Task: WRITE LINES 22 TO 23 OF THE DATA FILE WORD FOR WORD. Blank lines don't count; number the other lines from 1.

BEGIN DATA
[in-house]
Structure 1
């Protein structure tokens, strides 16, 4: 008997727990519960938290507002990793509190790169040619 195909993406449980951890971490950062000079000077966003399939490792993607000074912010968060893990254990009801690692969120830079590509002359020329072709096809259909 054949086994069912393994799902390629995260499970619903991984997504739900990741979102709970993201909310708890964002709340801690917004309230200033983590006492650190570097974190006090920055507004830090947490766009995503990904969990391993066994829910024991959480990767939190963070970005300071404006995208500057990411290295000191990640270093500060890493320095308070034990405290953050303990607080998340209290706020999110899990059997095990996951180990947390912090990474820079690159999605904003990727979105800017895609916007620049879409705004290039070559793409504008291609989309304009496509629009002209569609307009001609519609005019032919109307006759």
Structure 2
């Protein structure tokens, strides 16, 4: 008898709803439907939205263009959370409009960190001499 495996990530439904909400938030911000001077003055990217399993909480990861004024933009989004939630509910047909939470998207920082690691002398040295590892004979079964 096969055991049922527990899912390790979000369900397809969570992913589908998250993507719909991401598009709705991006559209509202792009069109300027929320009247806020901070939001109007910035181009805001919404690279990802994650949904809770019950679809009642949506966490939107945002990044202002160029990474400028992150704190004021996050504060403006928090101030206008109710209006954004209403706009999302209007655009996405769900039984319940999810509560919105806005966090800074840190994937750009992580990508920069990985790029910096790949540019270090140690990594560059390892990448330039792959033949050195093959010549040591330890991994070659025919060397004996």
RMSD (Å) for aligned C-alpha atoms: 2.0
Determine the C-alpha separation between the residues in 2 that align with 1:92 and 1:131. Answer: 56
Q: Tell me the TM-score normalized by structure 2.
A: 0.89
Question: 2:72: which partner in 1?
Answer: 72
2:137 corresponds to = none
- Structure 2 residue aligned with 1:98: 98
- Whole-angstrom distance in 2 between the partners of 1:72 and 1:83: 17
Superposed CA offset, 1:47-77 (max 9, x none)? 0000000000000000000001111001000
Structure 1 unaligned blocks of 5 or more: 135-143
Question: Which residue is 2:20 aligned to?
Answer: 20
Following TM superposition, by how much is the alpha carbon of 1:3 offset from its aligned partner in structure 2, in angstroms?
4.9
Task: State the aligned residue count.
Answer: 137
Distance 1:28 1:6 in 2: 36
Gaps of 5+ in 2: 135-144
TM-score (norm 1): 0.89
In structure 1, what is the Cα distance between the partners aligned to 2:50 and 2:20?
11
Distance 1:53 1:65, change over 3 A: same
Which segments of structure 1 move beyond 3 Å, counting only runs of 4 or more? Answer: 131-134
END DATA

Answer: 137
Distance 1:28 1:6 in 2: 36